Edwin Arlington Robinson (1869–1935). Collected Poems. 1921.

I. The Man Against the Sky

4. Cassandra

I HEARD one who said: “Verily,

What word have I for children here?

Your Dollar is your only Word,

The wrath of it your only fear.

“You build it altars tall enough

To make you see, but you are blind;

You cannot leave it long enough

To look before you or behind.

“When Reason beckons you to pause,

You laugh and say that you know best;

But what it is you know, you keep

As dark as ingots in a chest.

“You laugh and answer, ‘We are young;

O leave us now, and let us grow.’—

Not asking how much more of this

Will Time endure or Fate bestow.

“Because a few complacent years

Have made your peril of your pride,

Think you that you are to go on

Forever pampered and untried?

“What lost eclipse of history,

What bivouac of the marching stars,

Has given the sign for you to see

Millenniums and last great wars?

“What unrecorded overthrow

Of all the world has ever known,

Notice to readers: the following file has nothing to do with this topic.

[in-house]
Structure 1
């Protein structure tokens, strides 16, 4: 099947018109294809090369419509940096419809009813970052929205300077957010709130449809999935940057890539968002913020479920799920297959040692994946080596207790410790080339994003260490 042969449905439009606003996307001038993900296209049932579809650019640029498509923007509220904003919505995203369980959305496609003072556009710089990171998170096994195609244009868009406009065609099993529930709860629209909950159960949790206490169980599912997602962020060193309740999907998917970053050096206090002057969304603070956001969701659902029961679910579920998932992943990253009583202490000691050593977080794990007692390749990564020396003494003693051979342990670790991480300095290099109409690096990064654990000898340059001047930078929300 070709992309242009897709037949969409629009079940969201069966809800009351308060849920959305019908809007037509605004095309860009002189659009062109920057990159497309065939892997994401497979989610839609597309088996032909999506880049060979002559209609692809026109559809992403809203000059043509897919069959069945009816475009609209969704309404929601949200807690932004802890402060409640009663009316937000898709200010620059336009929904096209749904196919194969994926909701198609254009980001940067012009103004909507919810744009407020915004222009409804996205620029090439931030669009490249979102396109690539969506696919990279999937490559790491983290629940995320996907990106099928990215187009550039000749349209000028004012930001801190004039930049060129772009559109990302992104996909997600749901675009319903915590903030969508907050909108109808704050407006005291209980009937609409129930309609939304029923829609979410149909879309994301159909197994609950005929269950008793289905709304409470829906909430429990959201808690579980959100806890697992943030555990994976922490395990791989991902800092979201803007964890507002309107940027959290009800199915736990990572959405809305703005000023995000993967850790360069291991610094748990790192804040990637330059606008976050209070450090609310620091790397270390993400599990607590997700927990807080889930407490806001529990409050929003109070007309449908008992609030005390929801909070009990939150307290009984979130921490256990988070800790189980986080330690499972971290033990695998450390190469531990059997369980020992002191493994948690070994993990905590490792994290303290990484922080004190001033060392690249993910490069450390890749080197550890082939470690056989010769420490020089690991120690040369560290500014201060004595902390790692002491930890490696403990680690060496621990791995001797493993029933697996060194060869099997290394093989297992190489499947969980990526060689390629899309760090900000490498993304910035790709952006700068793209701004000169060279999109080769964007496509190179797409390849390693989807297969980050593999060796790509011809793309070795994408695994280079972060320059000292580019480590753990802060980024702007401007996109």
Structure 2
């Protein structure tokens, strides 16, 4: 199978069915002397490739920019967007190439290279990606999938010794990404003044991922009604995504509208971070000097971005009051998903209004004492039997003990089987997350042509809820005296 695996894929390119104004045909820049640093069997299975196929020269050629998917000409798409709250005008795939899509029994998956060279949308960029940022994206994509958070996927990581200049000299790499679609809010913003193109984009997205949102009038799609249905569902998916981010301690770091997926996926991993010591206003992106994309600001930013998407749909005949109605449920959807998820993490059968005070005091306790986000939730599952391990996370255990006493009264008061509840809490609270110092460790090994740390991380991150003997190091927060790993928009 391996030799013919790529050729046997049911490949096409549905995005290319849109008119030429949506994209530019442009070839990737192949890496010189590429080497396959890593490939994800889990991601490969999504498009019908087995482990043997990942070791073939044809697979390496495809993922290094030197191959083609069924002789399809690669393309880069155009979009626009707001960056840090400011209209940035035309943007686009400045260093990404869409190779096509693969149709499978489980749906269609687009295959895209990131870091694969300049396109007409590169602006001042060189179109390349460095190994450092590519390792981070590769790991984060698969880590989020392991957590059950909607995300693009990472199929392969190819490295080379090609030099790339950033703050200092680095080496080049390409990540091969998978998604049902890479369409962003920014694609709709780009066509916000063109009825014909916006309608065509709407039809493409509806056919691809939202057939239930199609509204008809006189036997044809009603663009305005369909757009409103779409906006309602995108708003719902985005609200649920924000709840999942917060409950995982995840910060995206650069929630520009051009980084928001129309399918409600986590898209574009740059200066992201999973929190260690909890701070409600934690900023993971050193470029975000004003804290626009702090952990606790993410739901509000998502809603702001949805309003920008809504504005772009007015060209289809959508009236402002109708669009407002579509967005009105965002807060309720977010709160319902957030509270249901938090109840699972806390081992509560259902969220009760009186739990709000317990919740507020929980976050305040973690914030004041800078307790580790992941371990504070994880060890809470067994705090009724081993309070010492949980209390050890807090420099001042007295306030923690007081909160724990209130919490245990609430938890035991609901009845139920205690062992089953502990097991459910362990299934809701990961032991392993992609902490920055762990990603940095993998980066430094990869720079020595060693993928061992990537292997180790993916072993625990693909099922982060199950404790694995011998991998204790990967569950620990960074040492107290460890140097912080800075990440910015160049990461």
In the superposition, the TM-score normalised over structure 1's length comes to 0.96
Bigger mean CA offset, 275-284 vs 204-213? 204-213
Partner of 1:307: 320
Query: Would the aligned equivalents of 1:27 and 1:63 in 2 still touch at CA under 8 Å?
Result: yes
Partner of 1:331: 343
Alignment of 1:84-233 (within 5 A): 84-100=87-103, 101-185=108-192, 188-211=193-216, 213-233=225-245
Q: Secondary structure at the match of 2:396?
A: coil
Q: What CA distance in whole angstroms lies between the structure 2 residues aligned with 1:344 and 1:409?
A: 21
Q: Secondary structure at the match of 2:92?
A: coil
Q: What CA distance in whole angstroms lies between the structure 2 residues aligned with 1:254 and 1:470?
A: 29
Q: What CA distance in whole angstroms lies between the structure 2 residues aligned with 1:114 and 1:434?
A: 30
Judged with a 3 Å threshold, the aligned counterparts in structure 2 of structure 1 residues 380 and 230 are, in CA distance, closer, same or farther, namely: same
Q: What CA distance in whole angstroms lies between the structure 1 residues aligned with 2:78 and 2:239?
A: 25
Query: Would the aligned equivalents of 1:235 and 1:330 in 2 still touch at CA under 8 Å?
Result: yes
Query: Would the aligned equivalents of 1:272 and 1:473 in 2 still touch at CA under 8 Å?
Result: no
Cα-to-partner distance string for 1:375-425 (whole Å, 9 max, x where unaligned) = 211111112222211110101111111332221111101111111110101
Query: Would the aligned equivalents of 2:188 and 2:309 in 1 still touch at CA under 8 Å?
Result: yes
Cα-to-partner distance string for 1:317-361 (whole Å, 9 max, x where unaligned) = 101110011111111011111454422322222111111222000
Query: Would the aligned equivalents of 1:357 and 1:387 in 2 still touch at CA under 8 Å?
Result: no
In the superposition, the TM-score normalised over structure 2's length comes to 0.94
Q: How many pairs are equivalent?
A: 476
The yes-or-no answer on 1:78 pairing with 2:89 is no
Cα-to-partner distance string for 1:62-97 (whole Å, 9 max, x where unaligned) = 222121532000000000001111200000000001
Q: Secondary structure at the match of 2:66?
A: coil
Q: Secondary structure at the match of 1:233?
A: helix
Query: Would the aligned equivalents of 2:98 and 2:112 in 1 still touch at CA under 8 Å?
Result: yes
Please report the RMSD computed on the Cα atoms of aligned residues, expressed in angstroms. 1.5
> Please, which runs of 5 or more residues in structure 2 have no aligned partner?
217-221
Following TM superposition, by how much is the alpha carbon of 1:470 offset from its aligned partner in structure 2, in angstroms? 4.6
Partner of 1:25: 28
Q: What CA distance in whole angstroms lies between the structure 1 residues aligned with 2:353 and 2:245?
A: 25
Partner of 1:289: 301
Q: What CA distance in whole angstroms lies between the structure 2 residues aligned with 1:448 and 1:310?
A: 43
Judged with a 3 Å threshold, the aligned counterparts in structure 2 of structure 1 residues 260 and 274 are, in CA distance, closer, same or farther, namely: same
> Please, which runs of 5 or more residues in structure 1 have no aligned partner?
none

Or ever been, has made itself

So plain to you, and you alone?

“Your Dollar, Dove and Eagle make

A Trinity that even you

Rate higher than you rate yourselves;

It pays, it flatters, and it’s new.

“And though your very flesh and blood

Be what your Eagle eats and drinks,

You’ll praise him for the best of birds,

Not knowing what the Eagle thinks.

“The power is yours, but not the sight;

You see not upon what you tread;

You have the ages for your guide,

But not the wisdom to be led.

“Think you to tread forever down

The merciless old verities?

And are you never to have eyes

To see the world for what it is?

“Are you to pay for what you have

With all you are?”—No other word

We caught, but with a laughing crowd

Moved on. None heeded, and few heard.